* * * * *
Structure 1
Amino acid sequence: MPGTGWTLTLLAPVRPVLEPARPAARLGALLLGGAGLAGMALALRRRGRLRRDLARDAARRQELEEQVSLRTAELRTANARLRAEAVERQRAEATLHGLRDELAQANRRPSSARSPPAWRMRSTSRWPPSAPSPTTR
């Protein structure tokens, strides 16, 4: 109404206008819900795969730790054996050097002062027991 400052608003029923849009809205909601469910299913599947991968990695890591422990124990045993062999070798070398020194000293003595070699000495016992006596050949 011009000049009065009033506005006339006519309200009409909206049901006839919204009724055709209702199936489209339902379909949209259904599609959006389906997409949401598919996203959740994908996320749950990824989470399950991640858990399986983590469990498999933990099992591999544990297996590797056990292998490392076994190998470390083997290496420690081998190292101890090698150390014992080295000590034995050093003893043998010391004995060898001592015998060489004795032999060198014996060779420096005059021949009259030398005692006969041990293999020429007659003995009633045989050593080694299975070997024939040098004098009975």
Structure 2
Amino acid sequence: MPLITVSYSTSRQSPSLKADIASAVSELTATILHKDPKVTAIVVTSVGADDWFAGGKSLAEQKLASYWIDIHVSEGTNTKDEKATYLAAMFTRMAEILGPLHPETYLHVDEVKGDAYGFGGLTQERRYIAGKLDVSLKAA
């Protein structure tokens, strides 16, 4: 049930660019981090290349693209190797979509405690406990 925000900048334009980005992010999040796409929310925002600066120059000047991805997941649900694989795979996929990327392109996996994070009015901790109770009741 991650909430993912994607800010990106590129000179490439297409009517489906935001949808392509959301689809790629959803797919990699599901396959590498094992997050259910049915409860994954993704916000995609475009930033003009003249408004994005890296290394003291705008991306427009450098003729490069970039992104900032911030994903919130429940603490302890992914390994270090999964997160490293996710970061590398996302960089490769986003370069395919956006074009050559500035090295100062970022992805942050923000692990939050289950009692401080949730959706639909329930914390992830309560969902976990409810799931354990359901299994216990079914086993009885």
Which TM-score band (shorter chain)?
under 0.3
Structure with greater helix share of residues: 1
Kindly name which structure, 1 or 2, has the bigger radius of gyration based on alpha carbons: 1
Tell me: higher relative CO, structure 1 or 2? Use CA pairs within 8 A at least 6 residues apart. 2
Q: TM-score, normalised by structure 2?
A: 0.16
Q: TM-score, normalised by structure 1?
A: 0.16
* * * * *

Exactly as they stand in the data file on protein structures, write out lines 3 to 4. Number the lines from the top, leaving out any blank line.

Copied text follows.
């Protein structure tokens, strides 16, 4: 109404206008819900795969730790054996050097002062027991 400052608003029923849009809205909601469910299913599947991968990695890591422990124990045993062999070798070398020194000293003595070699000495016992006596050949 011009000049009065009033506005006339006519309200009409909206049901006839919204009724055709209702199936489209339902379909949209259904599609959006389906997409949401598919996203959740994908996320749950990824989470399950991640858990399986983590469990498999933990099992591999544990297996590797056990292998490392076994190998470390083997290496420690081998190292101890090698150390014992080295000590034995050093003893043998010391004995060898001592015998060489004795032999060198014996060779420096005059021949009259030398005692006969041990293999020429007659003995009633045989050593080694299975070997024939040098004098009975």
Structure 2